Nicaraguans Lose $62 Million in Assistance as Ortega Stands Firm in Defending Flawed Elections
Eight months later, the consequences of last November’s municipal elections continue to reverberate throughout Nicaragua. Now the latest victim is not the legitimacy of the democratic process but Nicaraguan citizens. And the government of Nicaragua is to blame.
Last week, the Millennium Challenge Corporation (MCC)—a U.S. government entity established in 2004 that ties aid to good governance, economic freedom and investments in people—announced that it would cut $62 million in aid to Nicaragua. This money, suspended a few weeks after the municipal elections, was part of a five-year, $175 million agreement (or compact) that was signed with the Nicaraguan government in July 2005.
The reason? MCC assistance only goes to “governments who are governing justly,” and according to MCC Acting Chief Executive Officer Rodney Bent, Nicaragua has not shown “meaningful reforms or progress” in this area. The MCC had been looking for the government of President Daniel Ortega to address the voting irregularities that helped his Sandinista candidates win the mayorship of Managua, and the country’s second city, León. In Managua, Alexis Arguello defeated Eduardo Montealegre (Ortega’s challenger in the 2006 presidential election) amid accusations of voter identity fraud and suspicious polling station tallies. For the first time in 20 years, independent observers were barred from monitoring the election.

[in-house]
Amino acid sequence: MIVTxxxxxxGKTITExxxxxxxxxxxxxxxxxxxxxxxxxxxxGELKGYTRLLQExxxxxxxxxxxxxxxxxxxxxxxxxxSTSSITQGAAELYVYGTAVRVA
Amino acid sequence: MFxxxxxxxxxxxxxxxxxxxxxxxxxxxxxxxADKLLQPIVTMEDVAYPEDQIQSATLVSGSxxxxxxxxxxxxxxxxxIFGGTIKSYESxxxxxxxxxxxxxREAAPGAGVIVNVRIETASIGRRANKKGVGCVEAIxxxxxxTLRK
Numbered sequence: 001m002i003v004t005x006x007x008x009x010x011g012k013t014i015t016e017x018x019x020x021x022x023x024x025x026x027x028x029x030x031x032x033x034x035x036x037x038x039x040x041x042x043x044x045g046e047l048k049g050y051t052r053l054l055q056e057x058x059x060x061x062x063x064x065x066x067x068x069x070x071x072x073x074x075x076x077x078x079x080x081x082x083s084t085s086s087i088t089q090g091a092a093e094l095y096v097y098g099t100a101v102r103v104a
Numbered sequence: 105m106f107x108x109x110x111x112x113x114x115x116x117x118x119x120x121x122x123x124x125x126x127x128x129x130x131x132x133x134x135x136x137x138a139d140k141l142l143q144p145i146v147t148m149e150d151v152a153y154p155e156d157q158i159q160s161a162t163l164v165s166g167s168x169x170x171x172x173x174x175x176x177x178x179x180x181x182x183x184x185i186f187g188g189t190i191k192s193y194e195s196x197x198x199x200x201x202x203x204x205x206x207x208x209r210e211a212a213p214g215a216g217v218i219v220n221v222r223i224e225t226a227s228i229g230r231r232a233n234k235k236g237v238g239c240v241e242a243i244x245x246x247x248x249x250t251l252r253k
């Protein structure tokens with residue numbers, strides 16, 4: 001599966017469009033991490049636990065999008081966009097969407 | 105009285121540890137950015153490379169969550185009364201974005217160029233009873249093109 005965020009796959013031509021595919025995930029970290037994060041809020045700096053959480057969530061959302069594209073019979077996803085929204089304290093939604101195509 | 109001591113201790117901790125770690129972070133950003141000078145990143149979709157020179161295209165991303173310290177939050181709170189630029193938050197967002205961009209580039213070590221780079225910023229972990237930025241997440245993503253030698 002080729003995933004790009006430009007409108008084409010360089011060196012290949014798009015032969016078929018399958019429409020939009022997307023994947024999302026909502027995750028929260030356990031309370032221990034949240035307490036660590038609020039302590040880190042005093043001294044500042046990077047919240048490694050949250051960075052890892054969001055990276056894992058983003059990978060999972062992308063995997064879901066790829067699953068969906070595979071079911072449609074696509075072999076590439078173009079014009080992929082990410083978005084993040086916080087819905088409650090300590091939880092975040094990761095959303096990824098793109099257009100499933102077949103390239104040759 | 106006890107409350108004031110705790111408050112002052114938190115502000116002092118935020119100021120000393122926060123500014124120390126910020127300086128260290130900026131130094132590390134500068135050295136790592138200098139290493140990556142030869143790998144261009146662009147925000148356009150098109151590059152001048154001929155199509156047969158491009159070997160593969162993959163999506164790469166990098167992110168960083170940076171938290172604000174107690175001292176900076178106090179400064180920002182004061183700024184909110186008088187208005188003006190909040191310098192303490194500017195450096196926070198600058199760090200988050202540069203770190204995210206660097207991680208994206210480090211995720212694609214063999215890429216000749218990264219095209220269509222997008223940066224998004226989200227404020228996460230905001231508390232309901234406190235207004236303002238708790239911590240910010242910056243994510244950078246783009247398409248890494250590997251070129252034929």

The international community has called on the government to find a Nicaraguan solution to the concerns about the election. Ortega’s response, according to Tim Rogers of the Christian Science Monitor, is to “thumb his nose at those who question his government,” leading Rodney Bent to bluntly state that “these guys stole the election.” Now with the aid cut off, the Sandinistas are blaming the opposition and civil society for being too vocal and forcing this type of response from the U.S. government. At the same time, the Budget Support Group—a collaboration among nine European countries and Canada—also suspended aid last year ($70 million) over electoral concerns and is now considering whether to follow the U.S. lead in canceling it altogether.
Ortega’s answer to all this is to go to Venezuelan President Hugo Chávez for $50 million, adding to Chávez’ regional commitments at a time of fiscal troubles back home. And at a recent rally, Ortega denounced U.S. President Barack Obama for having “the same policies as President Reagan,” who had provided support to the Sandinista opposition in the early 1980s.
But politics aside, the real losers are those that would have benefited from the now-cancelled roads projects and the $15 million land-titling program. After all, MCC funds had helped to build a positive working relationship in the field. “On a technical level, the relationship with the government is excellent,” according to the MCC’s in-country general director, Juan Sebastian Chamorro. Others projects that are now underway will continue, such as successful agricultural assistance programs, but the real impact will come once the compact runs out and no more financial or technical assistance comes along.
With few strings attached or means for oversight one can only wonder where the $50 million dollars of Bolivarian largesse will go.
Perhaps, if the Europeans follow the U.S. lead, Ortega may understand that the people and democracy need to come before his party’s political ambitions. That would be a welcome sign for democracy in Nicaragua. We can only hope.
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